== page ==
From Total Football to Total Liar: How Holland Taught Me To Deceive

Holland's first appearance in the World Cup Final in 1978 triggered my first ever lie. Thirty two years on the Dutch are back and I have now mastered the art of deception.
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Holland's first appearance in the World Cup Final in 1978 triggered my first ever lie. Thirty two years on the Dutch are back and I have now mastered the art of deception.

The Dutch team’s progress to the World Cup Final, their first in 32 years, has brought back a troubling memory for me. One, which established a pattern of deceit that would one day, leave me on the brink of ruin and leave a trail of wreckage in my underachieving wake.

Firstly, I’d like make clear that now I'm well into my 30s I hope and believe that I’m as far removed from the liar that I used to be, as this functional Dutch side are from the stunning total football alumni of the 70s that so captivated the world. I only lie in the workplace now, and fixing that’s not a priority.

I had just turned six when the men in orange reached the final in Argentina, were they were to face the host nation. Football had never looked better than it did that night. Never had two finalists been kitted out in two such beautiful and contrasting colours, that deep Dutch orange pitted against the beautiful sky blue and white stripes of Argentina. I vividly remember being both stunned and bemused by the ticker tape thrown down from the stands – something I would try and emulate many times in Subbuteo over the ensuing decade – and I particularly remember the fuss the Argentine players made over the legality of Dutch defender Rene van de Kerkhof’s cast, worn on an injured forearm. Argentine players felt it might injure one of their number whilst the rest of the watching world just saw it for it was, gamesmanship. Van de Kerkhof had worn this cast throughout the tournament and the Dutch team threatened at one point to walk off the pitch before an extra layer of padding was added to the cast and the match was able to begin.

Something about the fuss made over van de Kerkhof’s cast had triggered off some innate desire in me to have my own injury

But what I remember after that is an unsettling incident that occurred shortly after the game started as I made my way down to the ground floor of the same building, to play with our neighbour’s daughter.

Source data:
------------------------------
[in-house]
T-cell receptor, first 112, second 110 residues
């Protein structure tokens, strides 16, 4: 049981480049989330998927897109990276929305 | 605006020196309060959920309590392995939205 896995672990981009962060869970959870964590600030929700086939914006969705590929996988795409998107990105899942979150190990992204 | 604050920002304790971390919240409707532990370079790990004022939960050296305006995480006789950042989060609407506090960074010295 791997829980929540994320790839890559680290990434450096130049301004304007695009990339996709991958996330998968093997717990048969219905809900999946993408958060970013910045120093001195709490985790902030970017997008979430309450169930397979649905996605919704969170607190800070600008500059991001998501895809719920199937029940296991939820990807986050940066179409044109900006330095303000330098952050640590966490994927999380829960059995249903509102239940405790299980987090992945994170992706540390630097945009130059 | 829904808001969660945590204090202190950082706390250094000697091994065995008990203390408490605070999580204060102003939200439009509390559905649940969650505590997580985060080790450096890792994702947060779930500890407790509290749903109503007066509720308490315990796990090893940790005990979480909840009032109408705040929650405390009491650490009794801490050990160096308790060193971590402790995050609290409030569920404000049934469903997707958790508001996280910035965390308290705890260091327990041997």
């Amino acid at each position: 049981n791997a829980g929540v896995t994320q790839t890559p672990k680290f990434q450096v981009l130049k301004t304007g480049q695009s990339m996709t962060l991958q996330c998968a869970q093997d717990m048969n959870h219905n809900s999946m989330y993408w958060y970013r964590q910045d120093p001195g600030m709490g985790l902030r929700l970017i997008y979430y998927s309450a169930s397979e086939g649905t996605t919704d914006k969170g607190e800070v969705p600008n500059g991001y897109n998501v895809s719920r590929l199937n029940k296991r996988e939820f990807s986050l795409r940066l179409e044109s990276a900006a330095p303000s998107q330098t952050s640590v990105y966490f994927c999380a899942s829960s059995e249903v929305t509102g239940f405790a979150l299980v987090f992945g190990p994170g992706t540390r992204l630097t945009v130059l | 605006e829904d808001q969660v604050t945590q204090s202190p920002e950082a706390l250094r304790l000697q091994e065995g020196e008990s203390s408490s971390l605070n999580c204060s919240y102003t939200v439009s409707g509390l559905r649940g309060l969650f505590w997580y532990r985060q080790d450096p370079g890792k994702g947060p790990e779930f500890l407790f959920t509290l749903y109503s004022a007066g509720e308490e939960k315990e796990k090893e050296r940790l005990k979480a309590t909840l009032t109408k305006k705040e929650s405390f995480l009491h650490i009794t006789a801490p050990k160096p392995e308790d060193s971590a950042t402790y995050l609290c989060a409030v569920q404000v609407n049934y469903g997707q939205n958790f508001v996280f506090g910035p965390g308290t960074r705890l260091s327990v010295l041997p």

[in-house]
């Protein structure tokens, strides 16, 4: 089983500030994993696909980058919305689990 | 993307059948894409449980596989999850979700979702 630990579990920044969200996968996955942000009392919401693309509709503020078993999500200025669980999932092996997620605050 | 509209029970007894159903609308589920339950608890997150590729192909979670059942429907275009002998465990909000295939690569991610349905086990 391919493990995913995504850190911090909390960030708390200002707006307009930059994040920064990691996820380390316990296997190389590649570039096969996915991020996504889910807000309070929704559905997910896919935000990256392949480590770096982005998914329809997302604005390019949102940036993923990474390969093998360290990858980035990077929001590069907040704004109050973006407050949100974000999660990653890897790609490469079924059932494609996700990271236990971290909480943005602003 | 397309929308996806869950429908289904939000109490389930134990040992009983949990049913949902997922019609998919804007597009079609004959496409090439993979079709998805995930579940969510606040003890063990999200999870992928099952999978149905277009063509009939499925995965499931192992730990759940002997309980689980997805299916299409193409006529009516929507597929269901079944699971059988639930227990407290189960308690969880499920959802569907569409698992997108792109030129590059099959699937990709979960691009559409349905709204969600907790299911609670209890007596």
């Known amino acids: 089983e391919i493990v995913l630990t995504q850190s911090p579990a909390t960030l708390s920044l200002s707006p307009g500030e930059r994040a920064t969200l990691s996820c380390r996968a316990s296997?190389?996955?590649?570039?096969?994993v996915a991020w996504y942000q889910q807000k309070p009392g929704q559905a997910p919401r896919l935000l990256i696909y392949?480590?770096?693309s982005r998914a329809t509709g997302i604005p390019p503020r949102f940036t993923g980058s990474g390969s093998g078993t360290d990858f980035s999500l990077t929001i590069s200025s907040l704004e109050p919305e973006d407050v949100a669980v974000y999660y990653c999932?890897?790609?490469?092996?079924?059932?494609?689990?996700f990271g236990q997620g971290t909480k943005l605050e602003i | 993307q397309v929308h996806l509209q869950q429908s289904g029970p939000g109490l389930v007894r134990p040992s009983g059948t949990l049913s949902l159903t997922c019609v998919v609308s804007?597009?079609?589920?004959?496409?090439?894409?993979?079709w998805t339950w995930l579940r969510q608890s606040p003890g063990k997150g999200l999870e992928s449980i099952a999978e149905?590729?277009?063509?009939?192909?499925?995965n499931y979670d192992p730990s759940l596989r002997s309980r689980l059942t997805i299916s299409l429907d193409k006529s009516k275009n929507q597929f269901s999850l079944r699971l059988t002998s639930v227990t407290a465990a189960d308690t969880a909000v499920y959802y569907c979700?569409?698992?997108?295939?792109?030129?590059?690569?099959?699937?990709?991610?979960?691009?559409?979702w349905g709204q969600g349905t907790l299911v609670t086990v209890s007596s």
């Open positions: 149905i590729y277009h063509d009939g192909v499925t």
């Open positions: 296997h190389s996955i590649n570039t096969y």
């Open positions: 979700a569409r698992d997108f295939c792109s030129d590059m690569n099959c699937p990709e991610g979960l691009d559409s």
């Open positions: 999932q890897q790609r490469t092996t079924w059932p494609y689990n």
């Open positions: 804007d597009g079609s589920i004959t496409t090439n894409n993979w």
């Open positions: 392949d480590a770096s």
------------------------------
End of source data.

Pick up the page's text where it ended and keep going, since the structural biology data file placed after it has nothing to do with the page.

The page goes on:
Something happened that day between leaving my flat and heading to the neighbours. I embarked upon the first major lie of my life and later, when it unravelled, I found that I was able to remain steadfast in my refusal to admit I’d lied.

Something about the fuss made over van de Kerkhof’s cast had triggered off some innate desire in me to have my own injury. I wanted some of that attention he’d had. And so it was that I raided my dad’s first aid box before leaving the flat. I remember descending the dark and gloomy communal staircase – the building was gloomier than the set of ‘The Others’ – and making my way to our communal loo, shared with about 3 other families. In there, I took the plaster out of its wrapping and quickly decided to stick it over an eye, I chucked the wrapping in the bowl – even then I wouldn’t touch a cistern with my bare hands – a phobia that may not be unconnected to sharing a loo with so many strangers.

Naturally, when I turned up at my neighbours, wearing, I remember, some green summer pyjamas with a jockey logo on the top, they were alarmed to see my plastered eye. I remember explaining to the mum, after her 4-year-old daughter had pulled my shorts down (to reveal I was commando) that I had injured my eye falling down the stairs on the way to theirs, but that somewhat handily, I happened to have a band aid on me and was able to self-administer first aid. I was by then slightly cheesed off at having my shorts pulled down. This had diverted attention from my ‘injury’ momentarily as all gathered laughed at my 6-year-old exposed genitalia. Van de Kerkhof had suffered no such humiliation when his injury had made him the centre of global attention. However, I soon settled down to watching my first final, with my one ‘ahem’ good eye, and a glass of squash. I was being treated like a King. At least I was until I found my mum had been called down.